It was Sunday. My boyfriend and I decided to go for a late dinner at a Mexican restaurant in Culver City. The evening weather called for a light jacket, but it wasn’t really cold. The restaurant seemed to have been there for ages, dark and old with the signs of Chicano history and culture lining the walls. The lighting was dark even in early afternoon. There were stained glass windows and in the day, the sun shone through with a murky illumination. It was a small restaurant with booths lining both sides of the walls with a row of tables and wrought iron chairs in the center. The restaurant was more narrow than wide. The place was almost half full. Everyone was talkative but kept to themselves.
We sat in a booth. It was a period in our relationship when we were growing apart and conversation was an effort to create, let alone sustain any given topic. We were discussing our day, mine on a television show discussing the politics and his about his auditions with no fruition of his efforts in near sight. We chatted with the waitress and afterwards observed the people around us.
Toward the end of our dinner, we heard a sound that made everyone in the restaurant look up and away from their plates. Eddy and I looked at each other. A waiter ran past us and out the door to see what had happened. No one stood up, all the patrons just sat there waiting for news. It was as though we were listening to a speaker who had been interrupted and with bated breath the public silently waits for the next word of wisdom.
The waiter ran back in and said, “There are two dead people on the street.” Everyone was shocked. No one moved. Eddy and I paid our bill and went outside. The car was directly in front of the restaurant. It was very dark and no crosswalks in proximity. A woman with blond hair was trapped underneath the driver’s side of the car, under the wheel. Her head was split open and it appeared her brains were partly outside her skull. I went and stood one foot away from her. I had to look. I admit to having a morbid curiosity and the sight of a dead person… fascinates me. I stood there wringing my hands while I looked at her. Her eyes were open. She was about 35 years old and had shoulder-length blond hair. The life was already out of her eyes. She was pinned horribly under the wheel. A few feet away lay her companion, a man stretched straight out, but his head and shoulders were under a parked van. His eyes were closed and he was about 50 years old. I don’t know how long I stood looking from one to the other. I became upset and worried for the loved ones waiting at home for them, if there was anyone home.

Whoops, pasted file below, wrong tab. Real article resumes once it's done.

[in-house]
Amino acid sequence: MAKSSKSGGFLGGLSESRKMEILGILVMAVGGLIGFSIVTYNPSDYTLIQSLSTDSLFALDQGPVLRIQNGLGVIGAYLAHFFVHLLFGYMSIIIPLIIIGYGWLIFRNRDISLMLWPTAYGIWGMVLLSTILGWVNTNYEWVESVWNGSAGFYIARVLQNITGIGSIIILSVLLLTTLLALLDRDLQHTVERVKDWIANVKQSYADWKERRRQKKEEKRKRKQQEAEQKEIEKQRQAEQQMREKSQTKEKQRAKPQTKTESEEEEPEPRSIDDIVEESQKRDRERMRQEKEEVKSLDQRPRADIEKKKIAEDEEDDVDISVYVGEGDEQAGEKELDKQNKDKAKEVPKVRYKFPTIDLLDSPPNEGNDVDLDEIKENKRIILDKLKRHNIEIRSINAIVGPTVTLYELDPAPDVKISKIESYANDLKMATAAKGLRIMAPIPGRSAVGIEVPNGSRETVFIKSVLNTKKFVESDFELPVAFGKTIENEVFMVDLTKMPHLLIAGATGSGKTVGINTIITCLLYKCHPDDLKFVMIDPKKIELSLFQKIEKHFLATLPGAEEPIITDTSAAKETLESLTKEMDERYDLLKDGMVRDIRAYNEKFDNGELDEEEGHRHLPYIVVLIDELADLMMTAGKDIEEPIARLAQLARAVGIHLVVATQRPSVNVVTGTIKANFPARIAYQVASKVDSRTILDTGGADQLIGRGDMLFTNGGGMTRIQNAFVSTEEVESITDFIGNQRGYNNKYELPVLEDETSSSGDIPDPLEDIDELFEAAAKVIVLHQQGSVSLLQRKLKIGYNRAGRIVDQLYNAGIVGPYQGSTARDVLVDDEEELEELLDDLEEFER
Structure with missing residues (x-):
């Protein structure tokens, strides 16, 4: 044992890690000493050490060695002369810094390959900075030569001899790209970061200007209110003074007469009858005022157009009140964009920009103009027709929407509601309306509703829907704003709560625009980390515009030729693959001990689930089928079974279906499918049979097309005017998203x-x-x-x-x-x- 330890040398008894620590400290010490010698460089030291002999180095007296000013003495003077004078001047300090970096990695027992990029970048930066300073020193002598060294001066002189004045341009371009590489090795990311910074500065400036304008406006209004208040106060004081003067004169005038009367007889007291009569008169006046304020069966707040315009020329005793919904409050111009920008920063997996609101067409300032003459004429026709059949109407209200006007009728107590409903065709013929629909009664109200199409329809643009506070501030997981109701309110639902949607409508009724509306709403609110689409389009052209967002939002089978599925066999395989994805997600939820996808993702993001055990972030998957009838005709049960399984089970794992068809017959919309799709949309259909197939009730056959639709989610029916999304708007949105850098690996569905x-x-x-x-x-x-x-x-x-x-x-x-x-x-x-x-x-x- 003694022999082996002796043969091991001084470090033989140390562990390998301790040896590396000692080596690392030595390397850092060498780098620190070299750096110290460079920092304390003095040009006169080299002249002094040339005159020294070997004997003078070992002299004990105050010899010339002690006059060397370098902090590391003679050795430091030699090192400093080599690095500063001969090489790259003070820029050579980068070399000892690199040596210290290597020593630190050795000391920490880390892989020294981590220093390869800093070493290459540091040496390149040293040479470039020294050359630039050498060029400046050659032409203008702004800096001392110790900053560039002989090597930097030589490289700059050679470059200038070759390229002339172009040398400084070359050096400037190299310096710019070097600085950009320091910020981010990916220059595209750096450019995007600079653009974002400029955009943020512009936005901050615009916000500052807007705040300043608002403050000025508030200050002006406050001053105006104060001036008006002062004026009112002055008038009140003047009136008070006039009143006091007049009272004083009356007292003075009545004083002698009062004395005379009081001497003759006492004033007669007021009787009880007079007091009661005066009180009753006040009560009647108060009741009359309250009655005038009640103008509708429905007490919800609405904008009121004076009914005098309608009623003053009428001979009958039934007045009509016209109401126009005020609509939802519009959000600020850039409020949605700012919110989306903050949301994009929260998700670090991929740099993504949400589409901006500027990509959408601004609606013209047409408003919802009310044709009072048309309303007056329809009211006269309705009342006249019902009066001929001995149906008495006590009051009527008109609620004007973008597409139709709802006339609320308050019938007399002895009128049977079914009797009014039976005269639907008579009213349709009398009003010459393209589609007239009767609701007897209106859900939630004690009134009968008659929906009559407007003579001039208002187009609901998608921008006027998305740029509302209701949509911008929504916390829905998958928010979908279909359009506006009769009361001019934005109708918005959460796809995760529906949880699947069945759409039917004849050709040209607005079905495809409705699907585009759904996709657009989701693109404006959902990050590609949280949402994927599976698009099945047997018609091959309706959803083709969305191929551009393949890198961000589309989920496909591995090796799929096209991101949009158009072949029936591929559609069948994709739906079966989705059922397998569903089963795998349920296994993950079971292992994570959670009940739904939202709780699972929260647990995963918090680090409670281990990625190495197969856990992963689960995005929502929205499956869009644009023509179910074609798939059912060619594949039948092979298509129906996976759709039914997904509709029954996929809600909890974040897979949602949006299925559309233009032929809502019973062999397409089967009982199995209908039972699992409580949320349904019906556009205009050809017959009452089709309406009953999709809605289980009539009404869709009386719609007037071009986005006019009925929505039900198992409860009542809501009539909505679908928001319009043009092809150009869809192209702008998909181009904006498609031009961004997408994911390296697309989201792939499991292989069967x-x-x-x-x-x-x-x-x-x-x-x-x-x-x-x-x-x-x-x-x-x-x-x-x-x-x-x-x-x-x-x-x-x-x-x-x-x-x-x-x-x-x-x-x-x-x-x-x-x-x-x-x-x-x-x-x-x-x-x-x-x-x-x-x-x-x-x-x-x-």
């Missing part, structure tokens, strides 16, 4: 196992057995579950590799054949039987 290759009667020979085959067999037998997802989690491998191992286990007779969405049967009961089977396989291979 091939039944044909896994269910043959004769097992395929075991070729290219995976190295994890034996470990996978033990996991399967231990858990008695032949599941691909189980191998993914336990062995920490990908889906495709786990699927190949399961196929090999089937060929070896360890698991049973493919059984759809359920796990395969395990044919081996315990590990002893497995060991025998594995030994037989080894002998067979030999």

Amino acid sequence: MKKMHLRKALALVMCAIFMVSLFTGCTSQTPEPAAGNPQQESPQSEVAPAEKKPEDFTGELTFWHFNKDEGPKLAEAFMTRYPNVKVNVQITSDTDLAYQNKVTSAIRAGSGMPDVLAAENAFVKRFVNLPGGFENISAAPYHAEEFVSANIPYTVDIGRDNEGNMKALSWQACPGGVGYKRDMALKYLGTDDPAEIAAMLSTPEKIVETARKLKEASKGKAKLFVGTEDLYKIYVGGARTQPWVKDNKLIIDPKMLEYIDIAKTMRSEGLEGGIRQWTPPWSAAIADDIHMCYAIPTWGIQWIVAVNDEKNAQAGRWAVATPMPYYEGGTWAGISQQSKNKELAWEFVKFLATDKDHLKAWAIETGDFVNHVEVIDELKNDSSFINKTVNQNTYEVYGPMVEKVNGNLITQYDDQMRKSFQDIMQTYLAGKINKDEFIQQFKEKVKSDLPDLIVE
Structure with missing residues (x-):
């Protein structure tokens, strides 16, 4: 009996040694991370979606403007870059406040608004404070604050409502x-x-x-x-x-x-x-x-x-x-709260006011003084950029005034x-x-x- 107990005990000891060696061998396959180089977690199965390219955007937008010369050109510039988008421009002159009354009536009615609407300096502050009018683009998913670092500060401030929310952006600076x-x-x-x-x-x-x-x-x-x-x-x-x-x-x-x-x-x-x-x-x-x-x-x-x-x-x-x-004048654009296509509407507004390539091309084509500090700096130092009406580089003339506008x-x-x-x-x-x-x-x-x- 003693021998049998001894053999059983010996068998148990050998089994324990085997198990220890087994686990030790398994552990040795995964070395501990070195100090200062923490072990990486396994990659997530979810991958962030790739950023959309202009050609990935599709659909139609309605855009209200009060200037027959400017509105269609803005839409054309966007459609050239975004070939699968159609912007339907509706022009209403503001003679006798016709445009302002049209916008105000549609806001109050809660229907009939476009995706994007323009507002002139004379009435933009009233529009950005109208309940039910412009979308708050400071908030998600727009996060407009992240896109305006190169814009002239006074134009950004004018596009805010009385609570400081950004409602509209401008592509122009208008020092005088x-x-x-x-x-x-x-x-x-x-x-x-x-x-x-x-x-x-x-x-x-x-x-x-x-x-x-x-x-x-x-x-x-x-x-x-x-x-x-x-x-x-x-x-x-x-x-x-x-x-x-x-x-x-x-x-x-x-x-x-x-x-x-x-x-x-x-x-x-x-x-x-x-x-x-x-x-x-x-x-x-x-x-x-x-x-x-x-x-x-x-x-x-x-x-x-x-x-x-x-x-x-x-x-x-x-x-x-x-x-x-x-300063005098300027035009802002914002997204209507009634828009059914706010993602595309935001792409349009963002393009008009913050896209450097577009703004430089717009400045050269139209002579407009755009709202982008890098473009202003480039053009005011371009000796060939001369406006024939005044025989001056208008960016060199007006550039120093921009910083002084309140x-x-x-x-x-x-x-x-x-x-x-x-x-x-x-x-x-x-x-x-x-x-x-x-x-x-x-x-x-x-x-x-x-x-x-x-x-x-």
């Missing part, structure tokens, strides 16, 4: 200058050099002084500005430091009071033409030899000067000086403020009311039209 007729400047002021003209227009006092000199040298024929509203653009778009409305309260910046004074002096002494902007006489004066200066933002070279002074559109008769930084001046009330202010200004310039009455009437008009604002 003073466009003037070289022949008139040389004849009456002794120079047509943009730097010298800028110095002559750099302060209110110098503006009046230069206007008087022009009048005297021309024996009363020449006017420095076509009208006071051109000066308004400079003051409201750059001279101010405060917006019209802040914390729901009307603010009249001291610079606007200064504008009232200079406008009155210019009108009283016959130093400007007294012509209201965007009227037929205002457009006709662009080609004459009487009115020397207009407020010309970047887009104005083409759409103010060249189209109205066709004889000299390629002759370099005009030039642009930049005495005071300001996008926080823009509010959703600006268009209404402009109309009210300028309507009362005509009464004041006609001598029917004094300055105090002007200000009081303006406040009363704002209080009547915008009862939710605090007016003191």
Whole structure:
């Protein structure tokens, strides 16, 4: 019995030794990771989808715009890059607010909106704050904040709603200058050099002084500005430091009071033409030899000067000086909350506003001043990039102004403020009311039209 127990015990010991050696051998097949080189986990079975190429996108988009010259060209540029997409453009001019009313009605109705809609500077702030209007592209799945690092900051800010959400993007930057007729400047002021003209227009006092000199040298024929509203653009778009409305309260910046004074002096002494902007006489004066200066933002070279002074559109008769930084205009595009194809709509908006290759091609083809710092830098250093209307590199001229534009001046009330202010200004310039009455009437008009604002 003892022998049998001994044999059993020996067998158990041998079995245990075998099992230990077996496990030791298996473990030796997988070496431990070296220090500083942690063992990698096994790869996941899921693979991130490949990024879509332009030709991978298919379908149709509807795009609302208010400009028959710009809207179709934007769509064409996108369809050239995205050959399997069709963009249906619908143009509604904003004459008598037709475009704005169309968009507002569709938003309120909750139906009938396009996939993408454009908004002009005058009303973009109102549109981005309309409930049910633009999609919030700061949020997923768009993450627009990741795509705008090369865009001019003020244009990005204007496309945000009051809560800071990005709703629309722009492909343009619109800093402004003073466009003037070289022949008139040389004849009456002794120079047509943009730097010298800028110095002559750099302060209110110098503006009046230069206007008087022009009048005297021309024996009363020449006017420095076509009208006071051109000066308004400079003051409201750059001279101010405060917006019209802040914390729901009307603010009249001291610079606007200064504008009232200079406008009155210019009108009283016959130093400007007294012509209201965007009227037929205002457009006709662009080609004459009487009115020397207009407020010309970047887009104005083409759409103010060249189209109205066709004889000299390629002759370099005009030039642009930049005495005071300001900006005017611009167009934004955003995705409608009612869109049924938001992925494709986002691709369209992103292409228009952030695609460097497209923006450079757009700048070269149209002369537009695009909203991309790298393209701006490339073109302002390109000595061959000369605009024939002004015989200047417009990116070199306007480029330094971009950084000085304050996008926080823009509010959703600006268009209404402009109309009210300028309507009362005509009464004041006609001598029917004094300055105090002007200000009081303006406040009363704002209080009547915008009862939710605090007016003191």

A yard more, or less, behind the car were a pair of perfectly aligned shoes. She was blown right out of her shoes. I have heard of the expression “blown right out of your socks” but I have never witnessed it. The shoe size was small and they were next to the dividing line separating the car lanes. Not too far away was a bag with a carton of milk and other items. I stood in front of those shoes for quite some time. Wondering. Wondering what if they were my shoes.
The driver was nowhere in sight. Someone had seen him run away. His car would not have been able to move unless he was willing to drag her body for a long distance. I didn’t blame him. It was a horrible accident that the driver will have to live with for the rest of his life. It was dark, few streetlights far apart from each other. The man and woman were dressed in very dark clothing and had jaywalked. The driver panicked and ran.
When we first heard the sound, there wasn’t a screech preceding it. It was just a very loud “THUMP”. For three days I was scared to enter a car.
This accident happened almost nine years ago. I will never forget the look on the woman’s face or her perfect little shoes.
Written by Jo Ann Rodriquez
All rights reserved. No part of the short stories may be reproduced, distributed, or transmitted in any form or by any means, including photocopying, recording, or other electronic or mechanical methods, without the prior written permission of the author, except in the case of brief quotations embodied in critical reviews and certain other noncommercial uses permitted by copyright law. For permission requests, write to the author, “Attention: Permissions Coordinator,” and email to email@example.com